|April 26, 2001|
Vol. 35, No. 17
By Tom Natell
Counterculture legend Ken Kesey keeps his hallucinogenic halcyon days alive through videos, books and the internet
During the 1960s, Ken Kesey produced two great novels—One Flew Over the Cuckoo’s Nest and Sometimes A Great Notion—and gathered together a band of colorful friends who became known as the Merry Pranksters. They added a bright paint job to an old bus, then went on one of the most bizarre tours of the American roadscape ever recorded.
Many years have passed since those vibrant psychedelic days of yore, and some wear on the author’s health has begun to show. “I had a stroke three or four years ago—I’m fine now,” he says, adding that he thinks alcohol abuse was a factor in the stroke. “It caught me where I needed to be caught. Since then, I don’t drink near as much—in fact, I don’t drink anything now.” He admits that his alcohol consumption led to his being “real blurry there for a while. . . . Since I’ve stopped drinking, I remember a whole lot more stuff.” He’s also been diagnosed with diabetes, which he has been able to keep under control through diet.
Today, Kesey is a 66-year-old farmer keeping up a 70-acre spread in Oregon’s Willamette Valley with his wife of 44 years, Faye. “We’ve got 40 cows, two goats, one dog and six or eight peacocks,” Kesey says, adding that his farm, located near Eugene, has been in the family for a while. “My dad bought the place, which he moved on to my brother, and I got it from my brother.” The author and his wife live in a converted barn, which is located about a mile from the offices of Kesey’s company, Intrepid Trips. The company produces videos and sells goods over the Internet.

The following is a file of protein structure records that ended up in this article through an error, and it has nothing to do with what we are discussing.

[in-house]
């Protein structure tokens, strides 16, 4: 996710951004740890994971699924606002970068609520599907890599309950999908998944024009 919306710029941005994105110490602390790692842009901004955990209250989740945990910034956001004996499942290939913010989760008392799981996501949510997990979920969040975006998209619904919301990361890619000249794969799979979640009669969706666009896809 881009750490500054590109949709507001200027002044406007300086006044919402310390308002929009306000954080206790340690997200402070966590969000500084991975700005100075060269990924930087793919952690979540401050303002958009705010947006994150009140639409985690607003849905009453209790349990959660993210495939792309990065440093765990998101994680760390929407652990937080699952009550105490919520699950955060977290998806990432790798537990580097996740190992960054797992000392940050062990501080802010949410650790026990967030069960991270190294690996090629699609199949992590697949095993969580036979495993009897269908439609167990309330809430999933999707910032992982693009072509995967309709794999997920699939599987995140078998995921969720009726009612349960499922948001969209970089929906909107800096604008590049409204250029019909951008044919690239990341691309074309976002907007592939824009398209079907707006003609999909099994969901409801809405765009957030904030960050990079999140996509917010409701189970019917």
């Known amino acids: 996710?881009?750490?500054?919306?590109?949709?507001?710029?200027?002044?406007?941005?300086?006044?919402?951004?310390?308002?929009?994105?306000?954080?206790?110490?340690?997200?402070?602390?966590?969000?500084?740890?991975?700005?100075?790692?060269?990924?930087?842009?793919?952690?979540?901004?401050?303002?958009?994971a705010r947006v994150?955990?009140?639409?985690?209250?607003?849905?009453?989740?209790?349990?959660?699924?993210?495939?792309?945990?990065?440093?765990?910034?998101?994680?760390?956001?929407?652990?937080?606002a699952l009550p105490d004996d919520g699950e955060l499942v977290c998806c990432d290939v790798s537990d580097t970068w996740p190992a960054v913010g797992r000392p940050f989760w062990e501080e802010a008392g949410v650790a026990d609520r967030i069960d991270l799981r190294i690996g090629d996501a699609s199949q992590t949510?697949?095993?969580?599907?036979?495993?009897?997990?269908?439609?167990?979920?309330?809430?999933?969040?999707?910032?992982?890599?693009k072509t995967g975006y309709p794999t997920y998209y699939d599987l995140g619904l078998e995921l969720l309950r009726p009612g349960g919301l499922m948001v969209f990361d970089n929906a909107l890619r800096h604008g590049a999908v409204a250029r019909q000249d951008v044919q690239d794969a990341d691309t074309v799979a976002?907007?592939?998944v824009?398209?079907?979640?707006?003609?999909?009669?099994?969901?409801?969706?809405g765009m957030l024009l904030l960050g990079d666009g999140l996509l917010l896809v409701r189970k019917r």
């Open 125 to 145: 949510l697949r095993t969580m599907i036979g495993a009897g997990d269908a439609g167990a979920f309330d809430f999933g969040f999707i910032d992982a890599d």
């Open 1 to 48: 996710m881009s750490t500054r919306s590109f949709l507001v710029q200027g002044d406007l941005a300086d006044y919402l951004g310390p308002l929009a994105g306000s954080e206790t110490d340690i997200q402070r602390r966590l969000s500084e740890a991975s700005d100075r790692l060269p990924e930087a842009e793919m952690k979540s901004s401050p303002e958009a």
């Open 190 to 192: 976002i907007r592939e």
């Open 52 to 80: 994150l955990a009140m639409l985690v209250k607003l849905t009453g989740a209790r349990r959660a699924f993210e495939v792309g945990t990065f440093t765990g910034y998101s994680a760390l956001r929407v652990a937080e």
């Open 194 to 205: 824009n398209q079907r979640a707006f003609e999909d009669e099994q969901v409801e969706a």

Kesey, who will be in the Capital Region for a May 1 speaking engagement presented by the New York State Writers Institute, has lived most of his life in the Willamette Valley. While growing up in the area, he spent much time in the woods hunting and fishing with his father, and sharpening his sense of the wild. He went on to attend the University of Oregon, where he first got serious about writing. Recalling those days, Kesey says: “I was first into speech and drama. But there was a guy there who, after he read a couple of the plays I wrote, told me that nobody’s going to produce these plays on TV. So I went into writing, and that’s what I did at Stanford too.”
Kesey was awarded a Woodrow Wilson Fellowship to study writing at Stanford, where he joined Wallace Stegner’s famous writing program. There, he met Larry McMurtry, Robert Stone, Wendell Berry and Ken Babbs, who were also students at the time. Kesey looks back with pride at being part of that creative group of writers, because Stegner’s students went on to have a profound effect on contemporary American fiction.